From September 12-14, thanks to the financial contribution from the Nova Scotia Department of Business, fifteen Nova Scotia social enterprises attended the Social Enterprise World Forum (SEWF) in Edinburgh, Scotland. The SEWF is an international event for social enterprises from all over the world to come together, share wisdom, build networks and discuss how to create a more sustainable future.
Read on for some inspiring “ah ha” moments from our Nova Scotia social enterprise conference participants:
|We are more the same than different. Many of the social enterprises I interacted with experience similar issues. Was nice to know we are not alone with the challenges we face. I think for me one of the big things is the continuation of promoting social enterprise to mainstream businesses and to help raise the profile of our sector.|
|PEOPLE ALL OVER THE WORLD CARE ABOUT THE PLANET, ITS PEOPLE AND WHERE OUR PROFITS ARE COMING FROM AND GOING!|
|Talking to Tom Dakins of StartSomeGood and using crowdfunding to find the market – brilliant. He is so positive – and lets people learn by doing.|
|For us the “ah ha” moment came once we touched down back in NS. After talking with my team I had finally figured out how P4G fit into the global market of Social Enterprise. NS has very unique problems, so the solutions are going to be just as unique. One of those issues is the outmigration of youth to cities. If was can work towards a solution to that problem which is a common problem across the globe, then we can share those solutions with the rest of the world. Our goal now is to share our results with the world at the 2020 SEWF here in Halifax.|
|During the Rural Symposium, it became glaringly evident that our rural communities are suffering from the same issues as other countries around the world. In particular, Scotland, New Zealand, and Australia. The attendees have shared some best practices and tips for policy development so NS can better serve rural.|
|Hearing about how well developed the social enterprise sector and ecosystem is in Scotland. Especially on the rural symposium, discussions with community members who said, “I never knew what social enterprise was until a few years ago. It was just the way all business was done in our community.” Social enterprise was pervasive, not considered something as fringe to the ‘regular economy’. It was inspiring to see what is possible in terms of the development of rural and peripheral economies using the tools of social enterprise.|
|People really need our expertise and services and were really excited about our energy—validating!|
|The ongoing discussion of community asset ownership and means that it can be achieved was one of my major takeaways from the week. Whether it’s funded by government (Scottish Land Trust) or through philanthropy (Old Beechworth Gaol), the idea of communities owning and managing assets to the benefit of all residents represents a promising middle ground between private and government ownership for rural communities with natural assets that wish to derive benefit without ceding control to private interests who are almost exclusively based elsewhere.|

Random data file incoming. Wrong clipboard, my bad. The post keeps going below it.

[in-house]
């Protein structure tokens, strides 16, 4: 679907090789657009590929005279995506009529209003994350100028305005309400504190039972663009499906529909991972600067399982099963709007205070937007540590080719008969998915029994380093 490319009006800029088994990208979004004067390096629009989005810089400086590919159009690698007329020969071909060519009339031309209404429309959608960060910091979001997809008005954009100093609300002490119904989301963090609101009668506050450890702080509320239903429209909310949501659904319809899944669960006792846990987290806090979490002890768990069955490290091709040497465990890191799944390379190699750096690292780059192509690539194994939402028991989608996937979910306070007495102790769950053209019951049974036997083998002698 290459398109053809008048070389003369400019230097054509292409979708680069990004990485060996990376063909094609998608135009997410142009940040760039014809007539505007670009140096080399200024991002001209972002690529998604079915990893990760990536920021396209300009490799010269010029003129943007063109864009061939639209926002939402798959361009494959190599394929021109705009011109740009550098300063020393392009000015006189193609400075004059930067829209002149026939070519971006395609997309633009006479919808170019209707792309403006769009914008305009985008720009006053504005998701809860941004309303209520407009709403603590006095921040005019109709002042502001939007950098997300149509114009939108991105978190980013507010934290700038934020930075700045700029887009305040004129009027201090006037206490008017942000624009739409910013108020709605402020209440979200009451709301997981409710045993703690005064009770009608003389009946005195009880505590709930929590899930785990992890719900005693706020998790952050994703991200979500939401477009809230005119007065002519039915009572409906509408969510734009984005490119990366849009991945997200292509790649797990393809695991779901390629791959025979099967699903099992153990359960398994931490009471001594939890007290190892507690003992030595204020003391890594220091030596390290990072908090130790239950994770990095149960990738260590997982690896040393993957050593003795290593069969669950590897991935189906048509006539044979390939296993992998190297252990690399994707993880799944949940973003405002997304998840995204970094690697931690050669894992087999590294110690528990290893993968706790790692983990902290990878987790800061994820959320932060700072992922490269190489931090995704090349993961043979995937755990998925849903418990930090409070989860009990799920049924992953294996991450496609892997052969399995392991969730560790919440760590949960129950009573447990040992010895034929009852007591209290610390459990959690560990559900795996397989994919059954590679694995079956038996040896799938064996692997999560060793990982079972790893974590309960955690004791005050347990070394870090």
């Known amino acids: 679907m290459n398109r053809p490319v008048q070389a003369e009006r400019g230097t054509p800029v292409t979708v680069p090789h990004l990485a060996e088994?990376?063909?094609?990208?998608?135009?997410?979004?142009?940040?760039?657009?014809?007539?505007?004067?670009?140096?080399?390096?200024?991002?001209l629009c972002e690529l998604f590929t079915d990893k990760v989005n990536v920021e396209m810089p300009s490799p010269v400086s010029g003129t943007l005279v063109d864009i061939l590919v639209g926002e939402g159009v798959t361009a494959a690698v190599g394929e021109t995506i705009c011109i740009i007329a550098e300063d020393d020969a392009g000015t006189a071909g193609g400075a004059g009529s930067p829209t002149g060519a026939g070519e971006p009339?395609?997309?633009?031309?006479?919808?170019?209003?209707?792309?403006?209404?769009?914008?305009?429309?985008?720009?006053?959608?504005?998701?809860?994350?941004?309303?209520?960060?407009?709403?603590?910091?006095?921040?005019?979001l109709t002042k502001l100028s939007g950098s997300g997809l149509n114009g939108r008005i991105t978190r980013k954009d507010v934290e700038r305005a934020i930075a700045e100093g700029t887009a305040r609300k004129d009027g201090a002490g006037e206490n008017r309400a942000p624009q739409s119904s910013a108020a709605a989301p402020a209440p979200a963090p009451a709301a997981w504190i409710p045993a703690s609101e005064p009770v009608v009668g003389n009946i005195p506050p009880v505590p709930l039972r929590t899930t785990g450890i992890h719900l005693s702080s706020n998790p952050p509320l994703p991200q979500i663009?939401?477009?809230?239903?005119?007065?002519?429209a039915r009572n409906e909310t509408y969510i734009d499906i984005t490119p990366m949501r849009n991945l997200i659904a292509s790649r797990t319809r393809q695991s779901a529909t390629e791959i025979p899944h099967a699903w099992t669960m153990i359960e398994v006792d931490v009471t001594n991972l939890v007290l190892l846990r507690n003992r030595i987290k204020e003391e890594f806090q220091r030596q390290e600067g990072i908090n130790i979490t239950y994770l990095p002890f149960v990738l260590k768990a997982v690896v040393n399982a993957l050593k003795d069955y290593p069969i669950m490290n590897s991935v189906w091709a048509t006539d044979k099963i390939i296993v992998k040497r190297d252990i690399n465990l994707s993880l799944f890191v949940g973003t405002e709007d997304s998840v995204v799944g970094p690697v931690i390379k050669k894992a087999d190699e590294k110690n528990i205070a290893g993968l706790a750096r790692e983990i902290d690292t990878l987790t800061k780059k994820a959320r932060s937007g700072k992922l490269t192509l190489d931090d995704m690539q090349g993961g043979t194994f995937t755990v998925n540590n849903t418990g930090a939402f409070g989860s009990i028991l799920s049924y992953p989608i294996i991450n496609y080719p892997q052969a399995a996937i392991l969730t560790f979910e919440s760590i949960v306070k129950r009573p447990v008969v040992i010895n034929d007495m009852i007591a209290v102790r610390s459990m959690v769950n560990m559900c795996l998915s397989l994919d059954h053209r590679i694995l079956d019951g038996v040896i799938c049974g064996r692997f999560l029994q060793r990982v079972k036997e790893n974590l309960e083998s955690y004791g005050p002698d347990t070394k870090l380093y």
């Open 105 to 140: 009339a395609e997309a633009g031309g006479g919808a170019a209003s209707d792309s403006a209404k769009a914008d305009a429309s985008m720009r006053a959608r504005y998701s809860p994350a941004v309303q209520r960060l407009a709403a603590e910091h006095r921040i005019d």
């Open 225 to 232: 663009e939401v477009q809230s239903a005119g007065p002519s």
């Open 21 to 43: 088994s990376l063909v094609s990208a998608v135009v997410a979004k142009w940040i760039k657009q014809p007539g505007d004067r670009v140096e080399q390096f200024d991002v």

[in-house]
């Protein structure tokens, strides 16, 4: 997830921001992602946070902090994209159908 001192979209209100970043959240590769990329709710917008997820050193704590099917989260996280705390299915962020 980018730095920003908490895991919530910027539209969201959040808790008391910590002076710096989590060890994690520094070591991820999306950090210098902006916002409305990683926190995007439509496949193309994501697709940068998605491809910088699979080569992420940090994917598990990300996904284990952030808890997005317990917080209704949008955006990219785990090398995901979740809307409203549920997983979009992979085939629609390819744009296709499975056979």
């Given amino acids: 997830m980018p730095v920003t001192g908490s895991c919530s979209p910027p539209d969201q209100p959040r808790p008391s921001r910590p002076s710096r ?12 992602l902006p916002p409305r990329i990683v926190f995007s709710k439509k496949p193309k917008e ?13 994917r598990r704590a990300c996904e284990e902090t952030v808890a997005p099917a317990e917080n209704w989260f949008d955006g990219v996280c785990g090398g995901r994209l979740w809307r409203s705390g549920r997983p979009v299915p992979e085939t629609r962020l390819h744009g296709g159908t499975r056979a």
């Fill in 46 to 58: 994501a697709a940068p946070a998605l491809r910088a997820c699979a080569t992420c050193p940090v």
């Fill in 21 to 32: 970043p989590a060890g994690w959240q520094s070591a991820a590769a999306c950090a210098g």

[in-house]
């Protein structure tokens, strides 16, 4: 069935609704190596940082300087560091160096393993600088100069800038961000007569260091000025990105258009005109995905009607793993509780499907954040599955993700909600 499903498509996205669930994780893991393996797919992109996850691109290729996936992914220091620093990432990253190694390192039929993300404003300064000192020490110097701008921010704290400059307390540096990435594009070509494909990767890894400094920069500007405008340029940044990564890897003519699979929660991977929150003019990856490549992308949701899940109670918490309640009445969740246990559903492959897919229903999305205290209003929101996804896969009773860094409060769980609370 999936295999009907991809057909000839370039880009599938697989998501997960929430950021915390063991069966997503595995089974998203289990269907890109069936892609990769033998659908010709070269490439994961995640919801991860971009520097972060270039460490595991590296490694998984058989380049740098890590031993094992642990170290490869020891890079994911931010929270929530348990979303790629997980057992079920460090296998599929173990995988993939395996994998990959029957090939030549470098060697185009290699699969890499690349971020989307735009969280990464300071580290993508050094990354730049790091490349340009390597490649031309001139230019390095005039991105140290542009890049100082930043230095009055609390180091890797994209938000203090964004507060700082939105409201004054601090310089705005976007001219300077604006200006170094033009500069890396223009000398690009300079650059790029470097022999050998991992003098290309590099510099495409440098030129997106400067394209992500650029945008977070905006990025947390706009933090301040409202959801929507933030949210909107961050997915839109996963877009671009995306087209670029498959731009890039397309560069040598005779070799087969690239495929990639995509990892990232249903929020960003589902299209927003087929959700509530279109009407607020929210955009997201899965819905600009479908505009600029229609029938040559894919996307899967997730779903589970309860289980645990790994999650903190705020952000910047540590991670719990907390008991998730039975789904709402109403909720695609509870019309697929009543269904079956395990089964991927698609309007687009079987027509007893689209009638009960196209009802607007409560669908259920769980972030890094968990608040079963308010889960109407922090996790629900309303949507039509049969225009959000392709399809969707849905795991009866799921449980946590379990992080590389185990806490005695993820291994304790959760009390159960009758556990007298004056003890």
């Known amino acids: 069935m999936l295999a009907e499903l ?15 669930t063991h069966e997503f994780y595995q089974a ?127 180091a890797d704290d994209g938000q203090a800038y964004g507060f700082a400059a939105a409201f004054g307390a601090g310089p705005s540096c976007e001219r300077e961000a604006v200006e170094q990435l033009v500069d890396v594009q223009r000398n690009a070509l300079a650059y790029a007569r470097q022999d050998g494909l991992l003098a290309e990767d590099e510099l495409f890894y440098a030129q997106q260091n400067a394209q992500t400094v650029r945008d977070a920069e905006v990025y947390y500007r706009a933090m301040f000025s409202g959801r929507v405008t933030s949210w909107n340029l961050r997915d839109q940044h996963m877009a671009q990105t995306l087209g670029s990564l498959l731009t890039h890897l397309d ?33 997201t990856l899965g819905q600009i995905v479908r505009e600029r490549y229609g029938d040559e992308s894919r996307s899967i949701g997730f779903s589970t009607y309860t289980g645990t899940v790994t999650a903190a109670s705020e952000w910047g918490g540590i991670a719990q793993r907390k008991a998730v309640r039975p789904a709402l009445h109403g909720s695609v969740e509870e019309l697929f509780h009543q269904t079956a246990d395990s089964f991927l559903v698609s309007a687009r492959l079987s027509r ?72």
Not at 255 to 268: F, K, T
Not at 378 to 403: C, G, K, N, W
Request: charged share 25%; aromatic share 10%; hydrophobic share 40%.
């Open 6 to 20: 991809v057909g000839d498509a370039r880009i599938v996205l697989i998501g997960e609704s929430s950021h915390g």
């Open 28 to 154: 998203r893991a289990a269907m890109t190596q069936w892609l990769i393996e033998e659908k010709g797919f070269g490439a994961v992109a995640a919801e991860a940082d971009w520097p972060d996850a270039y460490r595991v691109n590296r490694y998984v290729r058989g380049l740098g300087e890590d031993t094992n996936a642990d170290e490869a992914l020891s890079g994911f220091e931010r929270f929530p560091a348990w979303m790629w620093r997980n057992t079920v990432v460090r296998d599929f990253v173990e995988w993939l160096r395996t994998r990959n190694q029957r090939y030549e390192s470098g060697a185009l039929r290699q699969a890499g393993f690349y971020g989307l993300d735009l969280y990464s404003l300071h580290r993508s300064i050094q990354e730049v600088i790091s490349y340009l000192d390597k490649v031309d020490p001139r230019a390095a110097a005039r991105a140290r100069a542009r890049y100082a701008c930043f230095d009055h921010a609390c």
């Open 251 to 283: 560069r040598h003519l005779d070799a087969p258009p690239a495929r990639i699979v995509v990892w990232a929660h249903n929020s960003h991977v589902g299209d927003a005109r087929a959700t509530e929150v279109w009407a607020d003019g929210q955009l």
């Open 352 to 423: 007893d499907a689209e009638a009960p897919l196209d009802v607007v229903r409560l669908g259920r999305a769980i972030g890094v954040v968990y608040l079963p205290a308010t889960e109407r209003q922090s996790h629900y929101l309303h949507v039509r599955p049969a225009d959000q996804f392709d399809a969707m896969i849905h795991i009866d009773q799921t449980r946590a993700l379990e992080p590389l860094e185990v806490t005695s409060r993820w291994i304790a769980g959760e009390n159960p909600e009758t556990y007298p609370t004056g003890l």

|With 47 nations attending it was striking that we all shared a similar deep desire to make our people and place better. Clearly great things with happening within the Social Enterprise space in all part of the world and there was much to learn, and in time-share with others.|
|With 47 nations attending it was striking that we all shared a similar deep desire to make our people and place better. Clearly great things with happening within the Social Enterprise space in all part of the world and there was much to learn, and in time share with others.|
|Getting to see how large the sector really is!|
|Social enterprise in Scotland is a very common way of doing business. This model is introduced in the school system and to students at a very young age. It was so inspiring to hear students (Grades 6 onward) from local schools telling their stories about how they started and are sustaining their own social enterprises in their communities.
We need to get out there and engage our young people.
|Social enterprises can thrive even in really challenging market conditions! The Shetland Islands are 170 kilometers off the coast of the Scottish mainland and report a population of just 20 000 people. Yet the Shetlands are home to COPE Ltd, who operate four thriving social enterprises that deliver top quality products and divert waste while employing and providing skill development to adults with intellectual disabilities. With the right supports, social enterprise can thrive anywhere!|
|How circular the economy can be, and how wide the realm of social enterprise stretches. It wasn’t just the traditional business models showcased, it was fascinating to see so many different case studies and organizations.|
|Seeing the how much Scotland values the voice of their youth and the social issues that are important to them.|
|This conference was very inspirational and allowed us to explore Social Enterprises throughout the world. I had many “ah ha” moments, little things that I took away with me that I want to incorporate at our work. I feel the biggest moment was when I realised that our little Not For Profit in rural Nova Scotia is definitely on the right track and is providing amazing contributions not only to the adults attending with disabilities but the surrounding communities as well.|